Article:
Added to this, the developers of phone apps understand very well the nature of addiction. They are paid to create programs that will keep people staring at the screen and engaging with the device, so that more time is spent being exposed to the advertisers who largely pay for the company to produce the app in the first place. It's a neat circle, don't you think? A circle of addiction. Before yo know it, you've bought something through Instagram that you didn't really need. Before kids realise what has happened, they have given away personal details that nefarious persons can use to entrap them, manipulate them or expose them to material that is devastatingly harmful, perhaps even drive a wedge between parents and children.

While some adults can recognise when they are being manipulated and put the device aside, children have an underdeveloped area of the brain, the frontal lobe, where decision making and risk aversion are located. When these areas are not fully developed, (development finishes at age 25) the person takes risks without much care, is impulsive, and isn't capable of thinking through the possible consequences that may arise from their decision. Hence, kids being drawn into sexting, not even realising how dangerous it is to them personally and the impacts it will have on future adult relationships. 
Children are very easily drawn to apps such as snapchat, where they experience bullying and a constant state of anxiety about what other children think of them. Added to that, it is much easier to make sacrcastic and nasty comments about someone online than in person. It's fun to be cruel online. There is no adult there to stop you or remind you that being kind is far more appropriate, that being mean is hurtful. There are no limits.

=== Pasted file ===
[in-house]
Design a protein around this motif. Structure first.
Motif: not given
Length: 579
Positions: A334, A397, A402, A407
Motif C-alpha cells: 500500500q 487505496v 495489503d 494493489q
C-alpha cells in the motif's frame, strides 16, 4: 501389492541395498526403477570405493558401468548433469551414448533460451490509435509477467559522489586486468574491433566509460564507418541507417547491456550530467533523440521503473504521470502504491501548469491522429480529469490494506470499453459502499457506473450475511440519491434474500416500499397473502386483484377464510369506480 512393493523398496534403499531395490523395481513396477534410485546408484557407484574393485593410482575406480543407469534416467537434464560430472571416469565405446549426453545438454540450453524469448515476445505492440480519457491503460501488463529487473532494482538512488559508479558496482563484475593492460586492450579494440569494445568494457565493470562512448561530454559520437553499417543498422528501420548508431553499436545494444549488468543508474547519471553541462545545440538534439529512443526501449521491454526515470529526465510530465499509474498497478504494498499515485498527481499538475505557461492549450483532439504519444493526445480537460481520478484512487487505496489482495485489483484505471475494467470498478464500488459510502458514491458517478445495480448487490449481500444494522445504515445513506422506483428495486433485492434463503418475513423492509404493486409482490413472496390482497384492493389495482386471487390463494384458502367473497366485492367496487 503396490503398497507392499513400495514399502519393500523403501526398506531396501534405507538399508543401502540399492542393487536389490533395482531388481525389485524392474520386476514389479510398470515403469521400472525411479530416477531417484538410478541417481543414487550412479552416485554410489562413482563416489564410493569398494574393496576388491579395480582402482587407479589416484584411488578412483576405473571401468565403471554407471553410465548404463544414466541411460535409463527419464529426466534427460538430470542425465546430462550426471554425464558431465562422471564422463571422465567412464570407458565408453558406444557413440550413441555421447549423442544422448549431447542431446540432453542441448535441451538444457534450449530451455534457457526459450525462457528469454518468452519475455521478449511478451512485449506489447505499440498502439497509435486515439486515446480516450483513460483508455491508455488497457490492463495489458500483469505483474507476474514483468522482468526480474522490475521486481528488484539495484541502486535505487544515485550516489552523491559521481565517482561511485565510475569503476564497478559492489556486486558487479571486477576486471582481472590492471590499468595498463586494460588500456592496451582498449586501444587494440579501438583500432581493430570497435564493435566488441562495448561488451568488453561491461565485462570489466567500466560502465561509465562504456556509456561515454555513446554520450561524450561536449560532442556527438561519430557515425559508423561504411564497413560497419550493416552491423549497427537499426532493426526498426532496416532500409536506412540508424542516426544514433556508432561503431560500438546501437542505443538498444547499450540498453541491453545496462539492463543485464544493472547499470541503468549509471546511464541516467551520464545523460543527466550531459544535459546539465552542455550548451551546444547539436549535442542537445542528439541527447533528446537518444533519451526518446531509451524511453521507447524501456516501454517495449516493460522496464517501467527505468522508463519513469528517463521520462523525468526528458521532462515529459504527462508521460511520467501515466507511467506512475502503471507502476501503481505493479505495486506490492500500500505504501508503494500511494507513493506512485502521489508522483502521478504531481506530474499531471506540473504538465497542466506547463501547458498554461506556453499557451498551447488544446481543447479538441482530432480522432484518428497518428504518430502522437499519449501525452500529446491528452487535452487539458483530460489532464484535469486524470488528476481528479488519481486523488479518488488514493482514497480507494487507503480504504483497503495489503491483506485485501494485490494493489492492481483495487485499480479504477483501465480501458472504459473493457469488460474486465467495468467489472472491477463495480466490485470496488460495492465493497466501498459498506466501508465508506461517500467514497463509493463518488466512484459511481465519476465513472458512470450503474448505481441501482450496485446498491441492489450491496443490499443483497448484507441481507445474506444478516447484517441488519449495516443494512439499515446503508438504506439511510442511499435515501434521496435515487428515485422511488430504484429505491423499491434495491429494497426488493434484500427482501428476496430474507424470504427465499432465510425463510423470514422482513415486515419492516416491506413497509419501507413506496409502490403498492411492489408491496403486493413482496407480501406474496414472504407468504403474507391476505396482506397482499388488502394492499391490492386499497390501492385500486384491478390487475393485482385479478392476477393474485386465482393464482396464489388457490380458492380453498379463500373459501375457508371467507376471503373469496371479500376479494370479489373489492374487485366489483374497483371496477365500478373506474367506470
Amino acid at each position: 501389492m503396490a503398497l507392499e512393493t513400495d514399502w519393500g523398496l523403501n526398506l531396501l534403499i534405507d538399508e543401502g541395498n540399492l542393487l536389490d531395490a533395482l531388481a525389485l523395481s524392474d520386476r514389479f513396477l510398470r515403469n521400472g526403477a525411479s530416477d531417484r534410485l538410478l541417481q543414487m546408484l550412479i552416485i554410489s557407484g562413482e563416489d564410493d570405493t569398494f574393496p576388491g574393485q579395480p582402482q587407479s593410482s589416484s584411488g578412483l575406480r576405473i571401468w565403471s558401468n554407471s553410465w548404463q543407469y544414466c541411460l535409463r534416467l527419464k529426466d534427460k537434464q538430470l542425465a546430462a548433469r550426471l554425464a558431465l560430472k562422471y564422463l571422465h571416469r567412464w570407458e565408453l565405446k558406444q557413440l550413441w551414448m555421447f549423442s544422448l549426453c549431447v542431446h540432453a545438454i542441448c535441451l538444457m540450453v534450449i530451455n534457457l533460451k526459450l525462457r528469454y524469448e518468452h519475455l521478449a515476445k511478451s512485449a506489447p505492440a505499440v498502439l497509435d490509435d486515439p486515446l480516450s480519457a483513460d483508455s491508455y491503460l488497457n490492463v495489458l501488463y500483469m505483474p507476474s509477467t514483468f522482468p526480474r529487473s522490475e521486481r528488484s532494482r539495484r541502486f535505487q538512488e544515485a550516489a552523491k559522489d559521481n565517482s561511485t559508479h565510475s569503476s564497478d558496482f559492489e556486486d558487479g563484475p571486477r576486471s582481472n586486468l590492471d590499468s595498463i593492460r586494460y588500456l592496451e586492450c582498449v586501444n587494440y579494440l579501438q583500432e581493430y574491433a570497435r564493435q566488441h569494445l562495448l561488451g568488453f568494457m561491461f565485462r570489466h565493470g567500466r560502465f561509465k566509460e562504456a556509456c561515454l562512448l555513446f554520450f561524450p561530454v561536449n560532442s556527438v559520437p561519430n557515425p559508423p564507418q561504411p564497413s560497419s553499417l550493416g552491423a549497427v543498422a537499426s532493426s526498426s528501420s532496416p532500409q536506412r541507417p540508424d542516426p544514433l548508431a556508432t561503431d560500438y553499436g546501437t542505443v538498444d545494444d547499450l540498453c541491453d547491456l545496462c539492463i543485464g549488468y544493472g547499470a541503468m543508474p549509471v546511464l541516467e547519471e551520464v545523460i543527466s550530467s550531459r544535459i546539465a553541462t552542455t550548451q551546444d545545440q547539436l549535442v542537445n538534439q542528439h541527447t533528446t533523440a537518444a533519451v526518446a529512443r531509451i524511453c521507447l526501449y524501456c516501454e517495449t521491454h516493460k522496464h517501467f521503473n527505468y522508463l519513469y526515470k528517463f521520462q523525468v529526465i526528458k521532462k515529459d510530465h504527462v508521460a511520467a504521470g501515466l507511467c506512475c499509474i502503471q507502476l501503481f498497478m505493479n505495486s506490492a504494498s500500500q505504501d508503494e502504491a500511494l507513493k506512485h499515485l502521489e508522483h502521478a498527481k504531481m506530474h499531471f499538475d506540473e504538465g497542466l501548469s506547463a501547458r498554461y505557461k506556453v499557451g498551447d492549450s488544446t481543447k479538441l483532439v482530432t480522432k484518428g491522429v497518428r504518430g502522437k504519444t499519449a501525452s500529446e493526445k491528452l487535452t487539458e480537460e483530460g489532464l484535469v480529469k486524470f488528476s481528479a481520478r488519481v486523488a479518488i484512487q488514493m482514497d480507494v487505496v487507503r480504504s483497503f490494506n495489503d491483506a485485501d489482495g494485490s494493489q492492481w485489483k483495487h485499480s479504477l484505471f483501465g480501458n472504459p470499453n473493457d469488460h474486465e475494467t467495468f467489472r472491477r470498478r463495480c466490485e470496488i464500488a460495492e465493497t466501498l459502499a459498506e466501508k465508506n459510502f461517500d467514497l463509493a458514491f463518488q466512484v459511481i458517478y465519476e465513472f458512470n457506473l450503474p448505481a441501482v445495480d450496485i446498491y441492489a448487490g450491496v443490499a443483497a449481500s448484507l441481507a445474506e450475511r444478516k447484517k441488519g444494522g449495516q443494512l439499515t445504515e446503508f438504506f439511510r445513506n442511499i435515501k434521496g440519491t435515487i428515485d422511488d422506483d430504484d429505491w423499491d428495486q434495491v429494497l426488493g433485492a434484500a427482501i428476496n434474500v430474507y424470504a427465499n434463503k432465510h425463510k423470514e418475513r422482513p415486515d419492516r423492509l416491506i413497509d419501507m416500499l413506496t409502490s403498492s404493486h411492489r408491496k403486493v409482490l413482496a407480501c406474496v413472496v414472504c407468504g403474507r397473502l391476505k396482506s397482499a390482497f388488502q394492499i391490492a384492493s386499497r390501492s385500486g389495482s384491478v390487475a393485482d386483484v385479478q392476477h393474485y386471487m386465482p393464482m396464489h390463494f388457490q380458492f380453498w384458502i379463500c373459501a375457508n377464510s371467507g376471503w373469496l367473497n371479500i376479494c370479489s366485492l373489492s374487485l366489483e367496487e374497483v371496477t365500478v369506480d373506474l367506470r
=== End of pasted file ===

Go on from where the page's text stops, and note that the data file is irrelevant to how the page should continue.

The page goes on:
So, how many kids in Australia actually have phones?
According to The Australian Communications and Media Authority, in June 2019-June 2020  46% of children aged 6-13 had access to or owned their own phone. What's interesting to me is the disparity between the reasons parents think their child should be allowed to have a phone and the actual use of the device that results. Do kids make calls with their phones? Sure. Do they play games? Watch youtube? Listen to music? Take photos? receive texts from their friends? But the MAIN activity kids use phones for? Its not for communication. Its not for taking photos and sharing them. It's for PLAYING GAMES. So as a communication device, its fails miserably in its purpose. It's almost purely for entertainment.
Statistically, as illustrated by the above graph, the reasons kids use their phones is described in order of use here, beginning with the most popular:
1. Games 60%-73%
2. take photos and videos 59%-70%
3. use apps  53%-68%
4. send or receive texts  53%-63%
5. call parents/family  56% -61%
6. listen to music  50%-57%
7. receive calls from parents/family  53%-57%
8. access to the internet  36%-42%
9. receive calls from friends  36%-42%
10. call friends  36%-42%